Re: Best Guess or Worst Doubt: What's the Role of Conjecture in Writing Biography and History?

Dear All, 

I've been scratching my head about the issues Lois raised in her original post and am circling back here in hopes of offering some more helpful input. I'll admit that I think the best advice I can offer on her original questions: 

Re: Best Guess or Worst Doubt: What's the Role of Conjecture in Writing Biography and History?

Thanks to all for responding, as I navigated my '99 Saturn across the U.S. to start my research fellowship at Library of Virginia. A few replies to specific comments in this thread -- and then one more plea/demand for input:

Re: Best Guess or Worst Doubt: What's the Role of Conjecture in Writing Biography and History?

Dear All, 

I very much appreciate Lois's post and will suggest that it's relevant to more or less any exercise in historical interpretation.  Let me add a few disconnected thoughts that are hopefully of some service. 

Re: Best Guess or Worst Doubt: What's the Role of Conjecture in Writing Biography and History?

As a trained historian and archivist, my feeling on this topic was changed in graduate school reading biographies on Progressive Era U.S. Presidents written in the early-mid 20th century, in the absence of access to their personal papers or archival collections. Having worked with collections of original archival materials connected with those presidencies, I often found the narrative prose and summations of the writers contradicted with the original records found in archives long after the books' being written.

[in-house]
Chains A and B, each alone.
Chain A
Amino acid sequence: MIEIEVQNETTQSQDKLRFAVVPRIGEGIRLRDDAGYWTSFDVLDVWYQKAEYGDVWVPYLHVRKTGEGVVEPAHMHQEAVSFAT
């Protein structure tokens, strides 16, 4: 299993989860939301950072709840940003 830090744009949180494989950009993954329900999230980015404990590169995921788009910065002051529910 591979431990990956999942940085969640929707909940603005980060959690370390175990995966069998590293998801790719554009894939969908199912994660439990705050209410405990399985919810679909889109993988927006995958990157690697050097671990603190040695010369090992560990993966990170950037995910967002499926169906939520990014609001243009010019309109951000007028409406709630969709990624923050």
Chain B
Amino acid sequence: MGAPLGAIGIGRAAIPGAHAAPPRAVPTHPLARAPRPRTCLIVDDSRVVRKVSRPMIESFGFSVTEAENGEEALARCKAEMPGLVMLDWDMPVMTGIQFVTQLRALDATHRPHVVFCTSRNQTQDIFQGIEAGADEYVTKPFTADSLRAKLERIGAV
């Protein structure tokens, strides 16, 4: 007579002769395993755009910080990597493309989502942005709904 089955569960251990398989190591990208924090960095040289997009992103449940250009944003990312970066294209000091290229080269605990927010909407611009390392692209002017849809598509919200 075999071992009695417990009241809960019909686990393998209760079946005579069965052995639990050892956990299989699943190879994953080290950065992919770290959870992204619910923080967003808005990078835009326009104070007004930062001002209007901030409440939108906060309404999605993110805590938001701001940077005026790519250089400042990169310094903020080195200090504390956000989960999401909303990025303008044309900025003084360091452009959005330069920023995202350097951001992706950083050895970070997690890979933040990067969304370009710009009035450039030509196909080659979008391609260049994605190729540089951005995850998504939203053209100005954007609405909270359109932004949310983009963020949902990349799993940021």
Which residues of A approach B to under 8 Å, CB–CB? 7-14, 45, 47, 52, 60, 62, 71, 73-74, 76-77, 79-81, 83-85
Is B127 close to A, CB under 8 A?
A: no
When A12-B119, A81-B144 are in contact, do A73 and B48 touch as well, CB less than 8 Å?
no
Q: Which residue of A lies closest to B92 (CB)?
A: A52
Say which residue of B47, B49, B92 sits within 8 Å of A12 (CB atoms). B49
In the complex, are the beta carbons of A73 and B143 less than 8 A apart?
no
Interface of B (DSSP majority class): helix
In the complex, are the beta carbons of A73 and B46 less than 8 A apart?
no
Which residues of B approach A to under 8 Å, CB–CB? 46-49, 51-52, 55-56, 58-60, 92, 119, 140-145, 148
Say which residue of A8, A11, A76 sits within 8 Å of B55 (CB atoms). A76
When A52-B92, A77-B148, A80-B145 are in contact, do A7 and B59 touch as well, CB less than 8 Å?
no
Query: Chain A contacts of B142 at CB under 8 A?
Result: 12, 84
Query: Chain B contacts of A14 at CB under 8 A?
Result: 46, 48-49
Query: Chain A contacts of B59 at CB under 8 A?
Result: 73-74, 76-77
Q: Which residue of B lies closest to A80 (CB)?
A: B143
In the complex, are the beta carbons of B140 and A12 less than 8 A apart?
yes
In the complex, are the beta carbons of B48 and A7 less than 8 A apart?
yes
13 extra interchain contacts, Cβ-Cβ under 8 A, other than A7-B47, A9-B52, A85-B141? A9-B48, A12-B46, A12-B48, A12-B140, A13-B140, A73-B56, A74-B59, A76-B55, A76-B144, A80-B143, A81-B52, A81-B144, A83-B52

Event: Writing for the Public: How to Get Started (free for OAH members)

(Sharing this for anyone in our network who is also a member of the Organization of American Historians)

Writing for the Public: How to get started 

Webinar and Working Group

A free interactive webinar and working group presented by Made by History, Washington Post

When: Monday, August 30, 2 pm-3:30 pm (ET)

Limited to 90 people

Re: Best Guess or Worst Doubt: What's the Role of Conjecture in Writing Biography and History?

In 1999, Ron Chernow delivered a public lecture on biography-writing for the New York Council for the Humanities (where I worked at the time), which is archived at http://web.archive.org/web/20010406085926/http://www.culturefront.org/cu.... He raised some of the same questions that Lois Leveen poses here.

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